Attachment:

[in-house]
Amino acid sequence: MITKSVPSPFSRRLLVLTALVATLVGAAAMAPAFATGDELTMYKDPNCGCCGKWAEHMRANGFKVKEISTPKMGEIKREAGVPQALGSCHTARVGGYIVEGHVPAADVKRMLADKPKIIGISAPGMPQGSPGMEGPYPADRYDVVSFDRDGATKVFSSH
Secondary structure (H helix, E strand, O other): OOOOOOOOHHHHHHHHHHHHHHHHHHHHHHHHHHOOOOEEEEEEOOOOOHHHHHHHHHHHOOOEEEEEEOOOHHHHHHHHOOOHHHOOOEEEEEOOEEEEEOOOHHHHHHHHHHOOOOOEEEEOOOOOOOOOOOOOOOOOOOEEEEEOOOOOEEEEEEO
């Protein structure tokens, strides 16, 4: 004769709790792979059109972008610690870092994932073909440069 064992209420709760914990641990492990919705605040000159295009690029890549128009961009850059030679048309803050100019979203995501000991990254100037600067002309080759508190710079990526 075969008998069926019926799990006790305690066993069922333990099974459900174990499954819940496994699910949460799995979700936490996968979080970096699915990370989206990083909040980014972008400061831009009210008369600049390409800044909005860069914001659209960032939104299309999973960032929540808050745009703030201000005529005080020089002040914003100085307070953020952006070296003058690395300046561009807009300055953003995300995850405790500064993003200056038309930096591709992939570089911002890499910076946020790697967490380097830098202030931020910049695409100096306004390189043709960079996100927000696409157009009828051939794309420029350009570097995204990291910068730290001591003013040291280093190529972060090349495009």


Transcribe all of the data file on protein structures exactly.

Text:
[in-house]
Amino acid sequence: MITKSVPSPFSRRLLVLTALVATLVGAAAMAPAFATGDELTMYKDPNCGCCGKWAEHMRANGFKVKEISTPKMGEIKREAGVPQALGSCHTARVGGYIVEGHVPAADVKRMLADKPKIIGISAPGMPQGSPGMEGPYPADRYDVVSFDRDGATKVFSSH
Secondary structure (H helix, E strand, O other): OOOOOOOOHHHHHHHHHHHHHHHHHHHHHHHHHHOOOOEEEEEEOOOOOHHHHHHHHHHHOOOEEEEEEOOOHHHHHHHHOOOHHHOOOEEEEEOOEEEEEOOOHHHHHHHHHHOOOOOEEEEOOOOOOOOOOOOOOOOOOOEEEEEOOOOOEEEEEEO
């Protein structure tokens, strides 16, 4: 004769709790792979059109972008610690870092994932073909440069 064992209420709760914990641990492990919705605040000159295009690029890549128009961009850059030679048309803050100019979203995501000991990254100037600067002309080759508190710079990526 075969008998069926019926799990006790305690066993069922333990099974459900174990499954819940496994699910949460799995979700936490996968979080970096699915990370989206990083909040980014972008400061831009009210008369600049390409800044909005860069914001659209960032939104299309999973960032929540808050745009703030201000005529005080020089002040914003100085307070953020952006070296003058690395300046561009807009300055953003995300995850405790500064993003200056038309930096591709992939570089911002890499910076946020790697967490380097830098202030931020910049695409100096306004390189043709960079996100927000696409157009009828051939794309420029350009570097995204990291910068730290001591003013040291280093190529972060090349495009």